BEIRUT – Pope Benedict XVI made a sweeping appeal Sunday for peace in Syria and the Middle East, decrying the violence “which generates so much suffering.”
Speaking at an open-air Mass before a huge crowd, he urged the international community and Arab countries in particular to find a solution to end the conflict in neighboring Syria.
“Why so much horror? Why so many dead,” Benedict said, lamenting that “the first victims are women and children.”
With pilgrims from across the Middle East in the crowd, he said Christians must do their part to end the “grim trail of death and destruction” in the region.
“I appeal to you all to be peacemakers,” Benedict said.
Benedict spoke from an altar built on land reclaimed with debris from Lebanon’s 1975-1990 civil war, calling for peace and reconciliation between Christians and Muslims.
The Rev. Federico Lombardi, a Vatican spokesman, said local organizers put the crowd at some 350,000 people.
The 85-year-old pope said that justice and peace are needed in building “a fraternal society, for building fellowship.”
Fadia Kiwan, a political science professor at Beirut’s St. Joseph University, said the pope’s visit is political and its message is that “the West does not want Christians to leave the Middle East.”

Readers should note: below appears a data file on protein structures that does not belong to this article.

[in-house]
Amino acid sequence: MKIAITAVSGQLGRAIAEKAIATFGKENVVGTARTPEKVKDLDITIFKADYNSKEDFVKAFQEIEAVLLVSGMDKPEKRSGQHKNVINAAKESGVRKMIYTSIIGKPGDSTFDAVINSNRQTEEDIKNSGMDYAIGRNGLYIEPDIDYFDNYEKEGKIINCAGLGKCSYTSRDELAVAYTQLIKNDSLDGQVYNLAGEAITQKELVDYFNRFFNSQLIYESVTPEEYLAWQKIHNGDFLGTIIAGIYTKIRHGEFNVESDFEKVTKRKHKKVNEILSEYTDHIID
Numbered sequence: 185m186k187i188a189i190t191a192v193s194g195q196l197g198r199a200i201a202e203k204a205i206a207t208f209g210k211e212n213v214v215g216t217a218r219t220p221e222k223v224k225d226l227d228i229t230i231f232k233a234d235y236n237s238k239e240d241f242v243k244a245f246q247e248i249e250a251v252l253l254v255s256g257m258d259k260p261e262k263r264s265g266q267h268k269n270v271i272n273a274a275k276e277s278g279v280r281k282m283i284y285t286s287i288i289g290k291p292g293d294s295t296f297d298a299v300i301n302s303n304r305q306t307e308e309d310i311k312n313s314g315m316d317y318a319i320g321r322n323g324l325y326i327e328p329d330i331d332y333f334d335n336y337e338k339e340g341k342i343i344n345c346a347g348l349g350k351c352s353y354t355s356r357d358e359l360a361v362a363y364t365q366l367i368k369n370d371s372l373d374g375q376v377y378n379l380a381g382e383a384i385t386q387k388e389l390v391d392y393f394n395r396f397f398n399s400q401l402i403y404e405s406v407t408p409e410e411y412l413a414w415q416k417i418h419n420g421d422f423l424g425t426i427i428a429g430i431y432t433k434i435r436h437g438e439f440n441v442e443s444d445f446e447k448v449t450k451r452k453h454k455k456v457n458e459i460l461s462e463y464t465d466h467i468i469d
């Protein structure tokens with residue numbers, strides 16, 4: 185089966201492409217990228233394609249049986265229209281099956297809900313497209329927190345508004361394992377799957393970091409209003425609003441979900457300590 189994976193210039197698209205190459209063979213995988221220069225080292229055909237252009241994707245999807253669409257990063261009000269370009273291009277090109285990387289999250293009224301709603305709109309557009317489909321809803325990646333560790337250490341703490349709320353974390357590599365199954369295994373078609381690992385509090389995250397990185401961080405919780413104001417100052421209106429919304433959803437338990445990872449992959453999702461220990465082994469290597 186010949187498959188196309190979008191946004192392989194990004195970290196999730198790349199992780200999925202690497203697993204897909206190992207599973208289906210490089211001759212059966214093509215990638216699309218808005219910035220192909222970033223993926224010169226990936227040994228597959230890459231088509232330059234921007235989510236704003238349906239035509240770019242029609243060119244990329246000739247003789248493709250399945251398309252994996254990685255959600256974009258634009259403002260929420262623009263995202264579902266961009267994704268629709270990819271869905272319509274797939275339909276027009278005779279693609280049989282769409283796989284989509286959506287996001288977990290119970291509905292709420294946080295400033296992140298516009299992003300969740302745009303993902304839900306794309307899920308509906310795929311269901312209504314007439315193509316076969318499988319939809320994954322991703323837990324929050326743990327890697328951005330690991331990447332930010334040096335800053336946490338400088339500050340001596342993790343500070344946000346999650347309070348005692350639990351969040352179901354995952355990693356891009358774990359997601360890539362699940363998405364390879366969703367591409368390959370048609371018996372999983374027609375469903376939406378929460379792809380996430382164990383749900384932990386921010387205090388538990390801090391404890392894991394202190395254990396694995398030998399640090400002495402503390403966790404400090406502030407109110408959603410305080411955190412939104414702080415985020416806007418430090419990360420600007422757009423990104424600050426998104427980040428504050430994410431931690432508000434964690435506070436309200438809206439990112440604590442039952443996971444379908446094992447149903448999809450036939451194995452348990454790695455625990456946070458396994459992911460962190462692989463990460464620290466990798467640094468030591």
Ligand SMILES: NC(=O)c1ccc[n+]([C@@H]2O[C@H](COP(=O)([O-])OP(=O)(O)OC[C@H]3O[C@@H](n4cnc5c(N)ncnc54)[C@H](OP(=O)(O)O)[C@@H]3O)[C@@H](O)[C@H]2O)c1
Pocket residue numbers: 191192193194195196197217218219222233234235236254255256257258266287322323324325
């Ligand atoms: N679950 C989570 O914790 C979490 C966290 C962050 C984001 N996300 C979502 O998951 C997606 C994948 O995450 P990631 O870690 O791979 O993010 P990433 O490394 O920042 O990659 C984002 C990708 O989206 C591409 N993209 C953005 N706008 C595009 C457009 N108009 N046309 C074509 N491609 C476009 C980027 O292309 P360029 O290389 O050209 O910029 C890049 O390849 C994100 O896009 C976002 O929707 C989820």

She added that the visit calls “for living together between Muslims and Christians.”
“This is a visit of political interest more than religious interest. It is a political visit that should help in reducing tension between Christians and Muslims in general,” she said.
Patriarch Bechara al-Rai, head of the Maronite Catholic Church, told the pope shortly before the Mass began, “Your visit is a safety valve at a time when Christians feel the instability and are faithfully resisting to confirm they are deep-rooted in this land despite the major challenges.”
Many Christians in the Middle East are uneasy at the Arab Spring, which has led to the strengthening of Islamist groups in most countries that have experienced uprisings.
Nawaf al-Moussawi, a representative of the Shiite Islamist militant group Hezbollah who attended the Mass, told Lebanon’s LBC TV: “Our message is that we want to work together for a Middle East and a region where religions and sects live on the basis of justice that leads to peace.
“What we complain about in the region today is that we are suffering from the injustice of colonial policies,” al-Moussawi added in an apparent reference to U.S. policies. “We only see its fleets.”
The U.S. considers Hezbollah a terrorist organization. Spokesman Lombardi declined to say what the Vatican’s position is on the group.